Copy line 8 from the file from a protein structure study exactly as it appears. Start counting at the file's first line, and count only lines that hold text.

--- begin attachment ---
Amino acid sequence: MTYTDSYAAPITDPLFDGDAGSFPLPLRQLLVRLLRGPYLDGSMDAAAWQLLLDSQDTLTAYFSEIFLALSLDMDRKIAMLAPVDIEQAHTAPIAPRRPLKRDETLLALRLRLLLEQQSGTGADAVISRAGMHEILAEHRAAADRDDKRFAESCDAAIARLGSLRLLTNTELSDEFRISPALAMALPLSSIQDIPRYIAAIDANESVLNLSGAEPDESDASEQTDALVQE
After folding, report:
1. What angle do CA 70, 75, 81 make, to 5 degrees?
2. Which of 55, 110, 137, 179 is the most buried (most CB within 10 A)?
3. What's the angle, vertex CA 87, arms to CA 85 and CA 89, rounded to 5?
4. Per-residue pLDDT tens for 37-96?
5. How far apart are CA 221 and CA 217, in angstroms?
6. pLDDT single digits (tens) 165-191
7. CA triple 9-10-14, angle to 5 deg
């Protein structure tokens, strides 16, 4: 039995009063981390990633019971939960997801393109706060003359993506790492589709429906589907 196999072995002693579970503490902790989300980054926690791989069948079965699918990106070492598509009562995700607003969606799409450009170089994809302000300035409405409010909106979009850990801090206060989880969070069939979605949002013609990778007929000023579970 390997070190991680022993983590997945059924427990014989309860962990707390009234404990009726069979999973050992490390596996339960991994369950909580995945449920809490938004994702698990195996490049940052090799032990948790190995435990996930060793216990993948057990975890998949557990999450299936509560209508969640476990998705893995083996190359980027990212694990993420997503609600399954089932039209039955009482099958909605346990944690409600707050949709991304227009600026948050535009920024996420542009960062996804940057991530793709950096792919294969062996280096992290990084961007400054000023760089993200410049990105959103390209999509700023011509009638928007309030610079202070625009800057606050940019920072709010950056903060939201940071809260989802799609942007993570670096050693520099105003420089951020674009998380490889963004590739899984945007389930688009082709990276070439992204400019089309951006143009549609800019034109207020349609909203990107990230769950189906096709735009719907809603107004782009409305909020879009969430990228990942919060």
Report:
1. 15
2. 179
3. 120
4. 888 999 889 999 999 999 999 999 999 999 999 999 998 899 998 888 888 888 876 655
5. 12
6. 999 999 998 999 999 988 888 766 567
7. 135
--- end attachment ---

6. pLDDT single digits (tens) 165-191